When a failure is observed, the testing operator makes note of the processes being run by the computer at the time of failure, i.e. the stage of the computer test program. Later, the computer program can be started at a point prior to the noted failure stage and the telephone failure can be replicated and more closely observed to pinpoint the timing and nature of the operation being performed when the failure occurred in order to troubleshoot the software program.
A drawback of the prior art testing methods is that the operator must be physically present and carefully observe the telephones. The operators cannot leave the telephones unattended and simply return three or four hours later. If the operators did so, they would most likely return to a computer running its testing program and several telephones in frozen states. The operators would have no way of knowing when the telephones froze, the operations being perform at the point of failure, and/or the sequence of simulation events being performed by the computer just prior to the event which lead to the failure. The operators would only know that sometime within the last three or four hours, a failure occurred and the test needs to be started over again and the telephones observed to determine the point of failure. In order to understand the failure situation, not only the expected responses to the applied test inputs, but also the plurality of status of lamps, LEDs, screens, and the status of buttons, must be watched over long periods of time over the plurality of telephones. These actions can be prohibitively difficult and time consuming for a plurality of complex telephones.
Watching the telephones during a test becomes tedious and stressful. Also, many bugs in the software go unnoticed by the testing operators. For example, if the bug does not result in a telephone freezing up, but a mere momentary erroneous display of data on the telephone, it is unlikely that the testing operator will notice the failure and take note of it for later software debugging.
Attempts have been made to automate the testing of software, and one such attempt is described in U.S. Pat. No. 5,781,720, entitled “Automated GUI Interface Testing”, by Parker et al. The '720 patent discloses a method for automated testing of both new and revised computer application programs which use a Graphical User Interface (GUI). Simulated user events such as keyboard or mouse actions are automatically input into the GUI interface which is displayed on a screen in accordance with a bitmap. The GUI is then monitored to observe the changes to the GUI in response to the input. The changes may be monitored by a computer utilizing a difference analysis technique.
Difference analysis refers to the process of comparing two observables and reporting the differences. The term observable refers to any information about the application or screen which can be captured automatically. Such observables include bitmaps, characters or texts. In situations where differences are expected and not significant, a filter may be specified by the programmer to automatically mask out insignificant differences. Bitmaps often contain areas where differences are considered insignificant. For example, the current date and time is the type of information which, if not masked out, would guarantee that the screens are never the same. This problem is solved by specifying a set of inclusion/exclusion regions which can be used to mask areas of the screen where differences are not considered significant. The actual method of difference analysis depends on the type of the observable. The '720 patent describes several types of difference analysis.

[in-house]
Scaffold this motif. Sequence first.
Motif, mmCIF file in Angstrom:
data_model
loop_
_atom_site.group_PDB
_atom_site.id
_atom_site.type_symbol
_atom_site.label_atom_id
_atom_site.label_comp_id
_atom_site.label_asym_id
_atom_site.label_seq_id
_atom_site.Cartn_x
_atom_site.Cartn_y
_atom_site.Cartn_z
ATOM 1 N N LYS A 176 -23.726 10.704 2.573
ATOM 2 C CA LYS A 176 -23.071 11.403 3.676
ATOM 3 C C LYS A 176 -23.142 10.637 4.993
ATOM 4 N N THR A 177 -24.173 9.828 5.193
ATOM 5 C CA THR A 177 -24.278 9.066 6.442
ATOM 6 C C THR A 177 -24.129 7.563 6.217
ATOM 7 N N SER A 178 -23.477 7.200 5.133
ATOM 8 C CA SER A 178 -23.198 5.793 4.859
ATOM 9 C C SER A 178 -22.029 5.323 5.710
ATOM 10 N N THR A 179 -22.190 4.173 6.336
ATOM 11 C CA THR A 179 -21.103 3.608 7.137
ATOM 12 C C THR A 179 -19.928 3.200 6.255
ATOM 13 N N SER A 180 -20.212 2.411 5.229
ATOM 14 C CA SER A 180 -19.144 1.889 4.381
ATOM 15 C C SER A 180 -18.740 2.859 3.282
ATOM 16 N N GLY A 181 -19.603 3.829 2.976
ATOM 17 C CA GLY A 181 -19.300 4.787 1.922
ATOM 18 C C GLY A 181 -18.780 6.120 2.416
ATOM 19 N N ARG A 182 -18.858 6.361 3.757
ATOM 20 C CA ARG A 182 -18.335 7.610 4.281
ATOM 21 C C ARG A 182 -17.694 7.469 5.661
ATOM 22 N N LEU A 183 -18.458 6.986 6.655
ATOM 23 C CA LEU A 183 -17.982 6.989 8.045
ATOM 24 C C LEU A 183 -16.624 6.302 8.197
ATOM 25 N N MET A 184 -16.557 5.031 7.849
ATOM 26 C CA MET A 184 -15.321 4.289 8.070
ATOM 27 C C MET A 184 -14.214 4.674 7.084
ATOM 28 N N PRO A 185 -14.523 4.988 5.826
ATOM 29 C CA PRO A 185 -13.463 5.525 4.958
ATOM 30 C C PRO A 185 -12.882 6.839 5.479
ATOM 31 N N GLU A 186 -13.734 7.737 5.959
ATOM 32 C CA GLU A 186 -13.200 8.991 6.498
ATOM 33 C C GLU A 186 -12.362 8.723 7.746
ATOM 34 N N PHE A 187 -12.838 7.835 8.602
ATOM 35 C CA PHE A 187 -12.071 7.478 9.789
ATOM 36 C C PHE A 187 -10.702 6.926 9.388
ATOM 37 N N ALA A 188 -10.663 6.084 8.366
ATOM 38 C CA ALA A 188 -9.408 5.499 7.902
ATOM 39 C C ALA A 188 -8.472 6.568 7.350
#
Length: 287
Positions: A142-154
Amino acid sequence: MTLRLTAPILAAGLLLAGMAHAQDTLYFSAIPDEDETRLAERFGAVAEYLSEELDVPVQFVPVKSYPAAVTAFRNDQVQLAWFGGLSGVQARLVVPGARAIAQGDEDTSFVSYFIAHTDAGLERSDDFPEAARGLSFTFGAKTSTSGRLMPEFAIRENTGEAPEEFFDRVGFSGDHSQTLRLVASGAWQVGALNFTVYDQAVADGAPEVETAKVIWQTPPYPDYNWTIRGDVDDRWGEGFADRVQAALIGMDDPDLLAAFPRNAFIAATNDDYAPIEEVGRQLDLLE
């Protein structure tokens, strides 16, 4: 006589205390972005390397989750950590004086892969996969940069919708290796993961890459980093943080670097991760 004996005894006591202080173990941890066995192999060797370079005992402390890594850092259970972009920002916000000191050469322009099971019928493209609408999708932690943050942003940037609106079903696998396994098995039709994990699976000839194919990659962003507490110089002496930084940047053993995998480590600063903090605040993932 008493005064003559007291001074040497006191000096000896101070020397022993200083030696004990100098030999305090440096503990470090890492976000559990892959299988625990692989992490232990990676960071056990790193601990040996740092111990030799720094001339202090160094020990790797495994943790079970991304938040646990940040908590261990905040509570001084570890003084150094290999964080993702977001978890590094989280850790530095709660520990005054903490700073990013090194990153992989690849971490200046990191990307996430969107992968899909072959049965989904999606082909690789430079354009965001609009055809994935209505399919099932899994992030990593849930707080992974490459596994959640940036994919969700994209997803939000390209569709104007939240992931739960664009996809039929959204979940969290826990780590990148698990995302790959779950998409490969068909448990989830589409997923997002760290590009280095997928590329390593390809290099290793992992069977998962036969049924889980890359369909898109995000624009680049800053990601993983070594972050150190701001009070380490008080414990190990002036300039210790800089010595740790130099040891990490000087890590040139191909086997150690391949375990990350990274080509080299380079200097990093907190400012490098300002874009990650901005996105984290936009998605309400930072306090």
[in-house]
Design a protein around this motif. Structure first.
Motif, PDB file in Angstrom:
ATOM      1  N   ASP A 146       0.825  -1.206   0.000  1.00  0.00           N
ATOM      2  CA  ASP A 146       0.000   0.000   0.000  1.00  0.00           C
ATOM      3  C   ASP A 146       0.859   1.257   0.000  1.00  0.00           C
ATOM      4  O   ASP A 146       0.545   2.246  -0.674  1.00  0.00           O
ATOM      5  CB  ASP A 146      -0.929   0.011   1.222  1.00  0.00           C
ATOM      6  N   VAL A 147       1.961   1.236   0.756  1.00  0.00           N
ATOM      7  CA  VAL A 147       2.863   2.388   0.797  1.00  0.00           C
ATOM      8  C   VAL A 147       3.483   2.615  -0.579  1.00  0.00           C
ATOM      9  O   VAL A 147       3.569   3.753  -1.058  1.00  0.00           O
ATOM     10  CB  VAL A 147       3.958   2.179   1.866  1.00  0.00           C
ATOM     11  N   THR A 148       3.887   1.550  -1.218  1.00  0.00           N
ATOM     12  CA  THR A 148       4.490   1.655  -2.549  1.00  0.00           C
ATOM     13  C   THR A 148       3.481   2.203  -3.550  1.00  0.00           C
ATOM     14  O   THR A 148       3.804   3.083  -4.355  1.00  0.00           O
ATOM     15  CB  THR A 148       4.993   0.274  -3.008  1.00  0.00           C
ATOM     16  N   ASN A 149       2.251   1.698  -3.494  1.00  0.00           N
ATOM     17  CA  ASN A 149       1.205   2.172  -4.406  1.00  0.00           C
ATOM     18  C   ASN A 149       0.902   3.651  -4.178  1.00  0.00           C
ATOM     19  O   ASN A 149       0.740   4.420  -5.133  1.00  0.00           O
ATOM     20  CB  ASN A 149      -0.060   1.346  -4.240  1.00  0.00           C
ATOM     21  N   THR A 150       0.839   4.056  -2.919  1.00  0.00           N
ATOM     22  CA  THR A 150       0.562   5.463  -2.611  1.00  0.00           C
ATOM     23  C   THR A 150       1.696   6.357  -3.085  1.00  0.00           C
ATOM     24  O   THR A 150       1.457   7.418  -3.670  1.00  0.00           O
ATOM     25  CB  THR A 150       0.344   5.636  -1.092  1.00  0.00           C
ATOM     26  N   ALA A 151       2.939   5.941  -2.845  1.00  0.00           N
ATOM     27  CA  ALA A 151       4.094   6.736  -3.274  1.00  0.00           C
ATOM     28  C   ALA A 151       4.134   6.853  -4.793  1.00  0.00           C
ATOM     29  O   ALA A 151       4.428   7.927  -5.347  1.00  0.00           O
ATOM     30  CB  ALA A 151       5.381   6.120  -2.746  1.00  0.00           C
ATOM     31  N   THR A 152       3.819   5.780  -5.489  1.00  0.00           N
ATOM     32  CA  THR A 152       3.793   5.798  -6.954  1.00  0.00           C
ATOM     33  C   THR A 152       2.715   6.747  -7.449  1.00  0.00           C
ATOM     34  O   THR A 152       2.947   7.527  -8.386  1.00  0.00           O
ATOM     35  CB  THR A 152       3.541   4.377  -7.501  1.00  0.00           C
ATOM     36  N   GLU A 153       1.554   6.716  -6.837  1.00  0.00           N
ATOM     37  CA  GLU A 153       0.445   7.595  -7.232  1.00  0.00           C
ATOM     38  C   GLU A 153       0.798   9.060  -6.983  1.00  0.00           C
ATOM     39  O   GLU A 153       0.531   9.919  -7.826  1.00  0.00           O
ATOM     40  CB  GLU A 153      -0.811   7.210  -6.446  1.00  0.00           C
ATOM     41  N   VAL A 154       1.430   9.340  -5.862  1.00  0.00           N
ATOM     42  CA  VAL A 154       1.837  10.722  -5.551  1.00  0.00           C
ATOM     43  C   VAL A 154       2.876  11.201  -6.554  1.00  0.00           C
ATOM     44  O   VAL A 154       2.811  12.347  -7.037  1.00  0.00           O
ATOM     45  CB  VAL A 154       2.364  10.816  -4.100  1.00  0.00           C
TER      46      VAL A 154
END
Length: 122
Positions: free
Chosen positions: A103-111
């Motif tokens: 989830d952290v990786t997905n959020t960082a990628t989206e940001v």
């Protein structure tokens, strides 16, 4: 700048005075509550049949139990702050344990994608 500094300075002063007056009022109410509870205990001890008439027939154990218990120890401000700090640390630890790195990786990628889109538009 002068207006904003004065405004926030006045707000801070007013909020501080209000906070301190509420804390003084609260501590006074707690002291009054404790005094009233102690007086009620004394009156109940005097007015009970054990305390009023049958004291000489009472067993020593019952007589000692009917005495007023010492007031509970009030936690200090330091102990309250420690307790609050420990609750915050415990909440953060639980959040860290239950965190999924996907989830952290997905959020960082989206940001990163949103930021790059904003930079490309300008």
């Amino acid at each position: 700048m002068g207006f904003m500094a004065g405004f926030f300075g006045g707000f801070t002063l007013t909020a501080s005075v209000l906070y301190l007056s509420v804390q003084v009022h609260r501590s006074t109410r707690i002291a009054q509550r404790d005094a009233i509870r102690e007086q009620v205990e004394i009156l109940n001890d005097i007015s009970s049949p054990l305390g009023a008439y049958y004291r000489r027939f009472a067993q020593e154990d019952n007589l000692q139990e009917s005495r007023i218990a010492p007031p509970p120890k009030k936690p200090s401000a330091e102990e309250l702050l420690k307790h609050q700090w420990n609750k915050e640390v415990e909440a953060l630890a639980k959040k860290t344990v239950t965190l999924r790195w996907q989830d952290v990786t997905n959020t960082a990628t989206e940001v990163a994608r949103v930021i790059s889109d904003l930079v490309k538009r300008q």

One type of difference analysis described in the '720 patent is bitmap difference analysis which involves comparing the pixels of two bitmaps. The analysis starts by checking the sizes of the bitmaps. If the bitmaps are not the same size, they are considered different. If they are the same size, the color of each pixel in the two bitmaps is compared until either a difference is detected or all pixels have matched. A second type of analysis described in the '720 patent is character screen difference analysis which compares the characters and the attributes of two screens. The analysis starts by checking the sizes of the screens. If the screens are not the same sizes, they are considered different. If they are the same size, the characters and their attributes are compared. A third type of difference analysis is text difference analysis which compares the contents of two text files, and if there are differences between the text files, the changes are noted.
U.S. Pat. No. 6,226,407, by Zabih et al., and entitled “Method and Apparatus for Analyzing Computer Screens” also discloses a method for quantitatively measuring differences in bitmap images on a computer screen using computer vision techniques. The bitmap images correspond to the rendered screens of two applications based on the same data source file. The '407 patent also discloses filtering unimportant areas of the screen. After rendering a series of screens for each application, the bitmap images are captured and interpreted to produce machine-readable visual attributes of the rendered screens. Corresponding attributes from each of the two applications are then compared to generate a set of differences. The attributes and differences are then processed to derive a set of grades reflecting the similarities between the rendered screens of the two applications.